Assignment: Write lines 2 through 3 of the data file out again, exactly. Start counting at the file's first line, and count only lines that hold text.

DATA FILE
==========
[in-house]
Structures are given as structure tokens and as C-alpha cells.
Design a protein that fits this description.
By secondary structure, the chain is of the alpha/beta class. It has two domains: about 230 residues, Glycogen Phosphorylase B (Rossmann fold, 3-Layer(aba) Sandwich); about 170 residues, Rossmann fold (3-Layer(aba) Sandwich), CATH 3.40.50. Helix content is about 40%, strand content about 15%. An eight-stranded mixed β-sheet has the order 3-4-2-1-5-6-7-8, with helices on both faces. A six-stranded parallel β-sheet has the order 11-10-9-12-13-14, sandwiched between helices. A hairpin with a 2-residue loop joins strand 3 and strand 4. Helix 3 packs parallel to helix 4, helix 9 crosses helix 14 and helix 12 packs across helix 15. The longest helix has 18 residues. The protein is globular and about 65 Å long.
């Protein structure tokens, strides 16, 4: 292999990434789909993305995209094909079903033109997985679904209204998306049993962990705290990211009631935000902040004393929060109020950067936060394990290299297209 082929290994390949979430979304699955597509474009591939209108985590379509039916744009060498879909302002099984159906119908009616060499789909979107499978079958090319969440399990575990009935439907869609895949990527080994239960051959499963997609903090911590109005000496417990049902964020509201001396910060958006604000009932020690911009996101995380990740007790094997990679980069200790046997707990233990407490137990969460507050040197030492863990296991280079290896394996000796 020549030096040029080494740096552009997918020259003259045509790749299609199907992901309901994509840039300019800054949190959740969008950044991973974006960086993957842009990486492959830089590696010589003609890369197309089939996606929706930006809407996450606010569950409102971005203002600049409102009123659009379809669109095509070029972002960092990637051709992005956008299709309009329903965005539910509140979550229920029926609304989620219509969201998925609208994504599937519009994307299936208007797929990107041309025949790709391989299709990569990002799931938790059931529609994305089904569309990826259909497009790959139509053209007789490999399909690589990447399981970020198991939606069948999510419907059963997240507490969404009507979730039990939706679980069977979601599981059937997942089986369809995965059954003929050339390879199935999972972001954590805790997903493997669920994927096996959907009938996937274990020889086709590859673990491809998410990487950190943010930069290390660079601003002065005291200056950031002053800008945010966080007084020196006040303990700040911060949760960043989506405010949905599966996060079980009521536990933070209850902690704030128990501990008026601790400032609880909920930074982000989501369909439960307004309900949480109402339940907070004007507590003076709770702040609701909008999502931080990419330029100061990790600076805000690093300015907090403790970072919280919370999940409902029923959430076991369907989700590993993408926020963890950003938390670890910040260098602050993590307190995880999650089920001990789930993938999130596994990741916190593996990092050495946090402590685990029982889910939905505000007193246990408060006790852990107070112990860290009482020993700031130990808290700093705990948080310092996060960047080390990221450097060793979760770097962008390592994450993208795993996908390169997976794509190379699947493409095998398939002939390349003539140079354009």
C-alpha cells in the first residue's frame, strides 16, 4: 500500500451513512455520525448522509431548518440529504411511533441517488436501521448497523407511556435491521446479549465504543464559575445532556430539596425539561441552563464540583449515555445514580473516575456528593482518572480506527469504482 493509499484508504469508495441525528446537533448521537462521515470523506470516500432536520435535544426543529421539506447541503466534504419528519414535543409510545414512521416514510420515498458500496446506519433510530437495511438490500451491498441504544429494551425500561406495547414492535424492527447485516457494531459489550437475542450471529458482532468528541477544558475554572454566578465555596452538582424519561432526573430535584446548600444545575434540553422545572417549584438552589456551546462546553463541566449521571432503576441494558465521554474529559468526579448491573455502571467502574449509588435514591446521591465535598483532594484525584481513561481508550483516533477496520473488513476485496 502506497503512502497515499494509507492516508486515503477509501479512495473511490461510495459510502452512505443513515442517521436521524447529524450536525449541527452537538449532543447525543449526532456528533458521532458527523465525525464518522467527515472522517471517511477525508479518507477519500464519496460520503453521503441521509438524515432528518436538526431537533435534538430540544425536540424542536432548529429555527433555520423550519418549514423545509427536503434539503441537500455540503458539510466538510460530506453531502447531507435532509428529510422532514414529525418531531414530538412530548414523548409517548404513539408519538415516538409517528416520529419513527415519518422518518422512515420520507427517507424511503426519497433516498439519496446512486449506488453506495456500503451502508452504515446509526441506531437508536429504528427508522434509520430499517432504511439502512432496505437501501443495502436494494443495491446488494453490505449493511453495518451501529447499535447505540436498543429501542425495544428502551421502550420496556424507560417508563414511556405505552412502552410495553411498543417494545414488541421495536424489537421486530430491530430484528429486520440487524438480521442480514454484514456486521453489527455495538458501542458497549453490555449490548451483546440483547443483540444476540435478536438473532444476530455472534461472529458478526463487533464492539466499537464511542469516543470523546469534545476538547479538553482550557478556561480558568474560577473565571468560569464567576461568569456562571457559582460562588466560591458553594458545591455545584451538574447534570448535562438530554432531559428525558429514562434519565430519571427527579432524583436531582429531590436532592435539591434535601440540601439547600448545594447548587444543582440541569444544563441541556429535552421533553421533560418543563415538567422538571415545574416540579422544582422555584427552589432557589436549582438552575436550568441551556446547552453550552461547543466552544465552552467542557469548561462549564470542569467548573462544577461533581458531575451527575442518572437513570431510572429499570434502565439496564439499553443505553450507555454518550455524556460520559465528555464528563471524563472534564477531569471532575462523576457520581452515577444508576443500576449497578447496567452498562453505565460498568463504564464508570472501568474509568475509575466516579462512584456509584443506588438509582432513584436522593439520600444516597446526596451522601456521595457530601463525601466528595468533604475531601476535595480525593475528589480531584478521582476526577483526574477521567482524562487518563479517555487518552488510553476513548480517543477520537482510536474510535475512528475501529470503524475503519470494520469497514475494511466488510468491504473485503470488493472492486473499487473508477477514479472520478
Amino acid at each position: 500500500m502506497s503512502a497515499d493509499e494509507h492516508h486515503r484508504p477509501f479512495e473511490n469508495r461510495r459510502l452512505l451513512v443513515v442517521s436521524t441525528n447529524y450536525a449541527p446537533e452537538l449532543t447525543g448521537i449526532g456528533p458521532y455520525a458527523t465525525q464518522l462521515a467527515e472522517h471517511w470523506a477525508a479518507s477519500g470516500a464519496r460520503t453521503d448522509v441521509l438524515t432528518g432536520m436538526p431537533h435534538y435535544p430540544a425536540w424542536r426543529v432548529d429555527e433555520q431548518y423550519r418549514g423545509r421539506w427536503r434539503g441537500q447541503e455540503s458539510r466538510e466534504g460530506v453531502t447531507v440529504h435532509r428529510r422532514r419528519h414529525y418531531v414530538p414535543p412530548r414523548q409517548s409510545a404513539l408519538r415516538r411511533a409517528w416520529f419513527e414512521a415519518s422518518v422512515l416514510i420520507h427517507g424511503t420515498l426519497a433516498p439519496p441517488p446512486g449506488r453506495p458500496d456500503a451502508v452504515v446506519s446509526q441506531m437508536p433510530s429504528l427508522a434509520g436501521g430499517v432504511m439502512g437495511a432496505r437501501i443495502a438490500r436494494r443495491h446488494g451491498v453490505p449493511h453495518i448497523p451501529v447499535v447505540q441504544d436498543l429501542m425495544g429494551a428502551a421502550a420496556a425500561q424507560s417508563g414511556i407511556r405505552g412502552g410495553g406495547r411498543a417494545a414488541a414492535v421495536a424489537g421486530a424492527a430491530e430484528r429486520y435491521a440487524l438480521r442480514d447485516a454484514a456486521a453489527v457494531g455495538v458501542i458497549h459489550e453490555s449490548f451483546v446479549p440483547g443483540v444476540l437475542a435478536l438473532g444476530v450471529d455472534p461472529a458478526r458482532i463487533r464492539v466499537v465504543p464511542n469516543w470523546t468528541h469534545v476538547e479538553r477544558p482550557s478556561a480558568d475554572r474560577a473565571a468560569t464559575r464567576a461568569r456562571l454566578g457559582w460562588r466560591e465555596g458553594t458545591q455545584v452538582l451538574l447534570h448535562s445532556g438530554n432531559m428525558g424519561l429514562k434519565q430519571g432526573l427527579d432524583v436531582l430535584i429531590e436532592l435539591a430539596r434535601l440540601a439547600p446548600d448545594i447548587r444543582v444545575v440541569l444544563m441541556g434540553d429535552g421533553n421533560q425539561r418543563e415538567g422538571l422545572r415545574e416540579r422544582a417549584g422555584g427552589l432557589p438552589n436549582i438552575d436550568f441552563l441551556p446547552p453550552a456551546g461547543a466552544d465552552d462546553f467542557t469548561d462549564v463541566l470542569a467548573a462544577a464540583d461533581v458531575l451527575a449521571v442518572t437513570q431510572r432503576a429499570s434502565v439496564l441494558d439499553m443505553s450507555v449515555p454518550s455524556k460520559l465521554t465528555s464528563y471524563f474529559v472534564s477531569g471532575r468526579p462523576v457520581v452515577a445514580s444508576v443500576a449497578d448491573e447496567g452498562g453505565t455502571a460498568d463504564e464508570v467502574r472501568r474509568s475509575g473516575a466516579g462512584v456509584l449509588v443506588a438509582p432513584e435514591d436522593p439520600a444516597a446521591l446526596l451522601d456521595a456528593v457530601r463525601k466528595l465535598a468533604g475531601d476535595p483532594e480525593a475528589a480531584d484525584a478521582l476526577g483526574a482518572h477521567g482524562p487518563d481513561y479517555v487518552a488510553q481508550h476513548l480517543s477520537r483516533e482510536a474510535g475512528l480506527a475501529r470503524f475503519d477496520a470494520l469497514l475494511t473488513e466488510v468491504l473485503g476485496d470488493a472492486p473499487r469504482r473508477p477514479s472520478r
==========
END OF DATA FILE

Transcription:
Structures are given as structure tokens and as C-alpha cells.
Design a protein that fits this description.